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I am trying to remove some data plotted as a scatter plot on matplotlib in python. I plot some scatter data and some 'plot' line data

To remove the 'plot' line data I use : del self.plot1.lines[0]

What is the equivalent command to remove a scatter plot? I cannot seem to find it.

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2 Answers 2

Oz123's answer partially answers this question, but his solution would inflate the size of your plot in memory linearly. If you're dealing with a lot of data, this isn't an option.

Thankfully, one of the scatterplot object's methods is remove.

If you change the line abc.set_visible(False) to abc.remove(), the results look the same, except the scatterplot is now actually removed from the plot, instead of being set to not visible.

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thanks for sharing ! –  Oz123 Feb 8 '13 at 12:03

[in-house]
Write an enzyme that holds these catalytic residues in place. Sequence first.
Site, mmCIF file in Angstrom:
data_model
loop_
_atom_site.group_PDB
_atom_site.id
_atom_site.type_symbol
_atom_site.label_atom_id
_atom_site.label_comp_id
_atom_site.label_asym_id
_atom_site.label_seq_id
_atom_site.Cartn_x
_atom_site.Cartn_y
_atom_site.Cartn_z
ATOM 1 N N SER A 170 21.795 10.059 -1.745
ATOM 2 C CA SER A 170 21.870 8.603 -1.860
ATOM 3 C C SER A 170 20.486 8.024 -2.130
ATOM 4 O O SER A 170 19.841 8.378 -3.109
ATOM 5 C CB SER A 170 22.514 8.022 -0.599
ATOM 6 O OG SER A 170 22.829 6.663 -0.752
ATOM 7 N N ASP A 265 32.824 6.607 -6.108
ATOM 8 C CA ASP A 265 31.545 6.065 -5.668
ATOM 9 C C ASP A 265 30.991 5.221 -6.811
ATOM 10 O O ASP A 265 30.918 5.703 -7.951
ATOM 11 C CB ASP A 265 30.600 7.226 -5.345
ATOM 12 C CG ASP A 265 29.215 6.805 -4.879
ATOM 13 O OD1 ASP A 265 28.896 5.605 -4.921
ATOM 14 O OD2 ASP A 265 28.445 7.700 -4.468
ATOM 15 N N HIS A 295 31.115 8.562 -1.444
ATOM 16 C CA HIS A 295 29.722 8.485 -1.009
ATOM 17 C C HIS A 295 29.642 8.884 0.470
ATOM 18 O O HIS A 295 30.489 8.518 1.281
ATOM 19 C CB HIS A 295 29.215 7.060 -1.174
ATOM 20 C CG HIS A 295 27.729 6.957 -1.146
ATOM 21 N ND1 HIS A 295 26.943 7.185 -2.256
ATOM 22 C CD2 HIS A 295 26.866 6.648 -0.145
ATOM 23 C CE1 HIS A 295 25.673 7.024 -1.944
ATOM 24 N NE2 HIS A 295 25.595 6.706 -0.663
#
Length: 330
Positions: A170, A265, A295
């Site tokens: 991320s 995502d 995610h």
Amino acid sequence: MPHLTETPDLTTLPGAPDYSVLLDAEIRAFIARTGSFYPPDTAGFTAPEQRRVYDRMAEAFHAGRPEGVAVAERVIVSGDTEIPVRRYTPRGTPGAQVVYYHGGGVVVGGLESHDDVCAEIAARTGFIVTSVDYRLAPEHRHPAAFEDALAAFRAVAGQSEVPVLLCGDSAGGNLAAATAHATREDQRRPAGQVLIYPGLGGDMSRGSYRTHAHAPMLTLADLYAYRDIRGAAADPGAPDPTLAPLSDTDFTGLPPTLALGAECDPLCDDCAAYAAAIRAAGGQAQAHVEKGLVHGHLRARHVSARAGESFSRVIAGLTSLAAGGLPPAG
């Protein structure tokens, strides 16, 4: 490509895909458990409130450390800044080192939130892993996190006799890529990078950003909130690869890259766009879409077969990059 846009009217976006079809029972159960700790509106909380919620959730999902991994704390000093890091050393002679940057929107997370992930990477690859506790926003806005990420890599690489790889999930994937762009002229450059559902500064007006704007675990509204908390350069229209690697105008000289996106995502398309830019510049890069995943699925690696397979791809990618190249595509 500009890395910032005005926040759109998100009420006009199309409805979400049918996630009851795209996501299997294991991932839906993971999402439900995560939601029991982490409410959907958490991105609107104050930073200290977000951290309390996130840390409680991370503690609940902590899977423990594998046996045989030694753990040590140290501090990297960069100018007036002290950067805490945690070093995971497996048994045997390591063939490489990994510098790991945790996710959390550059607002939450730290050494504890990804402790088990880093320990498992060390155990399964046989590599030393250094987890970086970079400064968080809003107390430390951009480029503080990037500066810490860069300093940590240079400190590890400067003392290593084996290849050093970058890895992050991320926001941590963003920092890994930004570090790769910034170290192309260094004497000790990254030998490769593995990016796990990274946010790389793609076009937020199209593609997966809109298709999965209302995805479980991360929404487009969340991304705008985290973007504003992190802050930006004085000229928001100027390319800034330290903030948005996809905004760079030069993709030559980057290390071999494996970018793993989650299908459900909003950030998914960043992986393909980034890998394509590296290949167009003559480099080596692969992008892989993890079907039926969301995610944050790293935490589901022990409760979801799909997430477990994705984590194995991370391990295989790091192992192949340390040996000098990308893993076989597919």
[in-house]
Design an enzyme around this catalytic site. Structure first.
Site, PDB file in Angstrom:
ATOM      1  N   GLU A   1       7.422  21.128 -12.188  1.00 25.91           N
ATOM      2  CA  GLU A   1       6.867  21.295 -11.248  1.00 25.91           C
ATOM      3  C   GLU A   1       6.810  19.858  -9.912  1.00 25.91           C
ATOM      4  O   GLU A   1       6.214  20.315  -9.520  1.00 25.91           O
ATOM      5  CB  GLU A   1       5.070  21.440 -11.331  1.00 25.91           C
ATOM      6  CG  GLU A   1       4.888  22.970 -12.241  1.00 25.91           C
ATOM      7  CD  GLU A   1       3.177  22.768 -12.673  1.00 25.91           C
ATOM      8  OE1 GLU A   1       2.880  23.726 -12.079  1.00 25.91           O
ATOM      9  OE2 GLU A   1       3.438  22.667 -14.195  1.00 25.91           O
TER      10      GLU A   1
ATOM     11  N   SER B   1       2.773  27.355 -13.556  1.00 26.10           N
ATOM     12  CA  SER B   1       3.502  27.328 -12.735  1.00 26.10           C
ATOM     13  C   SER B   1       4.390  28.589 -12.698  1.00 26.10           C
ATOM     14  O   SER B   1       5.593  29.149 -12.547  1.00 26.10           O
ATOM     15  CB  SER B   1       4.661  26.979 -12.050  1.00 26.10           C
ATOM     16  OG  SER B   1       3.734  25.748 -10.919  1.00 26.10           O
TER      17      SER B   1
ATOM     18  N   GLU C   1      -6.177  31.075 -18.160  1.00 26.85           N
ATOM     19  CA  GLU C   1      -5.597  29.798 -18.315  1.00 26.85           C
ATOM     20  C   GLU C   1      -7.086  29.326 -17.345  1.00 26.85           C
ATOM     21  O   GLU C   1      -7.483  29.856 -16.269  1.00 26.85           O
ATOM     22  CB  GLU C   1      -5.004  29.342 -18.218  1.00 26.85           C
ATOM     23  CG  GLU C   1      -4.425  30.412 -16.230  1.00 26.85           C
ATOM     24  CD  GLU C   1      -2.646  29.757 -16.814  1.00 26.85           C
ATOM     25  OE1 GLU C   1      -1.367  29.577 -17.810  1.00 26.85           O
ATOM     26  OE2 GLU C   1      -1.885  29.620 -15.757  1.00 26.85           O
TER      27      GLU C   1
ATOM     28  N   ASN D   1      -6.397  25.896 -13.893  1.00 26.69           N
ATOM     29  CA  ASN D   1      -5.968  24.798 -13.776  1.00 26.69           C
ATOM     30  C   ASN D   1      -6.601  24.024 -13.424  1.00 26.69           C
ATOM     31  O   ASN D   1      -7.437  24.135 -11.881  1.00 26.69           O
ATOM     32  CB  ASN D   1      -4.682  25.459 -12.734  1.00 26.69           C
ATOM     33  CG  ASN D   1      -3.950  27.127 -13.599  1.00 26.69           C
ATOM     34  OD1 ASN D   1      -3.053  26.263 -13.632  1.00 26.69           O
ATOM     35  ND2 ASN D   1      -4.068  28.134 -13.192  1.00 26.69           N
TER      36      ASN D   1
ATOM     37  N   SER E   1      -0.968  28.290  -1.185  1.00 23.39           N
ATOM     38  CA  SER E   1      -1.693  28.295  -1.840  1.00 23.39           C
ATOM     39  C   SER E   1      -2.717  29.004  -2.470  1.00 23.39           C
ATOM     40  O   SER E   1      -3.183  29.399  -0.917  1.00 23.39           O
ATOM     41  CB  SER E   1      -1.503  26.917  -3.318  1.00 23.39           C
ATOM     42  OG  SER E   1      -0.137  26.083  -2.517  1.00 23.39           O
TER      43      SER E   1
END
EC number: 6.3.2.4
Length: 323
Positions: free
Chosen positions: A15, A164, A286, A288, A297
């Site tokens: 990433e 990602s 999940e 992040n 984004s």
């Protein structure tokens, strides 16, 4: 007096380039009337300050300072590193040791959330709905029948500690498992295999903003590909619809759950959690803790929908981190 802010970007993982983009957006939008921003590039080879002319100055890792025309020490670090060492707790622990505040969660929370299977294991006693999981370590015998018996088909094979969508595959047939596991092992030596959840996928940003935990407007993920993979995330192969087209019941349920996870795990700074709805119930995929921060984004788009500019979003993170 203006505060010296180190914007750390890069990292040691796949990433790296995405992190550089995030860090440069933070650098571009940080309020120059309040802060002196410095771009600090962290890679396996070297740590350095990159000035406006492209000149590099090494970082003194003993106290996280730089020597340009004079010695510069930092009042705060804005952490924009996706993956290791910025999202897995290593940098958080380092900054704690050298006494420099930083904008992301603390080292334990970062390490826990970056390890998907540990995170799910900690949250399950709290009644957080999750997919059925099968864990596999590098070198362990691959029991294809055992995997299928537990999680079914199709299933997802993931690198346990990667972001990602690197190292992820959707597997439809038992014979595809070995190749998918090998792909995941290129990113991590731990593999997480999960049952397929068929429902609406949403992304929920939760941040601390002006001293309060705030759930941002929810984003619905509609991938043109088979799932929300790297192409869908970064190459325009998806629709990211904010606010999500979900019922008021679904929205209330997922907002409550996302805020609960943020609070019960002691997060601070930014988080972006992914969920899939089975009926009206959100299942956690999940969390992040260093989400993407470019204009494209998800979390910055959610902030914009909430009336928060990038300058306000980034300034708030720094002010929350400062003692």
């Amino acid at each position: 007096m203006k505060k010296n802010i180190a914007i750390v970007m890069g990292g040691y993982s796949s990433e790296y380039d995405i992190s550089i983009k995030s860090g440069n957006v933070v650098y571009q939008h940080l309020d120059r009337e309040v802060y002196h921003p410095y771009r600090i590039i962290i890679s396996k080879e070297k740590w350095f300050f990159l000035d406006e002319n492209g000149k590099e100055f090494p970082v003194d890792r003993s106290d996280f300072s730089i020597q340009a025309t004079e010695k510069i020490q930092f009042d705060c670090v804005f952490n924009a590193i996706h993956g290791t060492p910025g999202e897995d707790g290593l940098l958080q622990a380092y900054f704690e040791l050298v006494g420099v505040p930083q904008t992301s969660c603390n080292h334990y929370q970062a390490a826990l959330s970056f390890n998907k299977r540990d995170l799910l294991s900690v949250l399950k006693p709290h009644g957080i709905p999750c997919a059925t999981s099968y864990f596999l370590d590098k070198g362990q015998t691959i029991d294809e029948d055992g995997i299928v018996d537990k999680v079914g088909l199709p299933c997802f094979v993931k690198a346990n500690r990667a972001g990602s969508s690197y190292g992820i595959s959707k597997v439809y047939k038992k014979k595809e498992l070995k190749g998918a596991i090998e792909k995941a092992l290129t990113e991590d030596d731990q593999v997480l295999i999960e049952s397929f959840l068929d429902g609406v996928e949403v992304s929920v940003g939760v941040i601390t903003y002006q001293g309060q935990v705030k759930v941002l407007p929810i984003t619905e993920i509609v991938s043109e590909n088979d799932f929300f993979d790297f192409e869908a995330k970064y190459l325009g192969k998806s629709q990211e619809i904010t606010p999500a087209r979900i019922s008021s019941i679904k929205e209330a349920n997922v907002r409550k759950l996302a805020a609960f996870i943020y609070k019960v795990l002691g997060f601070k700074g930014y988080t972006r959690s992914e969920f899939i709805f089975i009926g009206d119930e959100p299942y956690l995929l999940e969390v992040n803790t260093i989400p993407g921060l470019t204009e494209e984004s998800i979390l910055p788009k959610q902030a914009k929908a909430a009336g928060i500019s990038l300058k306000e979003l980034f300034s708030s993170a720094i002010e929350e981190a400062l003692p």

Scatter plot is actually a collection of lines (circles to be exacts).

if you store your scatter plot in an object you could access it's properties, one of them is called set_visible. Here is an example:

make a scatter plot with varying color and size arguments
code mostly from:
import matplotlib
import numpy as np
import matplotlib.pyplot as plt
import matplotlib.mlab as mlab
import matplotlib.cbook as cbook

# load a numpy record array from yahoo csv data with fields date,
# open, close, volume, adj_close from the mpl-data/example directory.
# The record array stores python as an object array in
# the date column
datafile = cbook.get_sample_data('/usr/share/matplotlib/sampledata/goog.npy')
#datafile = /usr/share/matplotlib/sampledata
r = np.load(datafile).view(np.recarray)
r = r[-250:] # get the most recent 250 trading days

delta1 = np.diff(r.adj_close)/r.adj_close[:-1]

# size in points ^2
volume = (15*r.volume[:-2]/r.volume[0])**2
close = 0.003*r.close[:-2]/0.003*[:-2]

fig = plt.figure()
ax = fig.add_subplot(111)
## store the scatter in abc object
abc=ax.scatter(delta1[:-1], delta1[1:], c=close, s=volume, alpha=0.75)
### if you comment that line of set False to True, you'll see what happens.
#ticks = arange(-0.06, 0.061, 0.02)

ax.set_xlabel(r'$\Delta_i$', fontsize=20)
ax.set_ylabel(r'$\Delta_{i+1}$', fontsize=20)
ax.set_title('Volume and percent change')
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Helpful, but not quite what I (or I think the asker) was looking for. –  Poik Feb 7 '13 at 16:14

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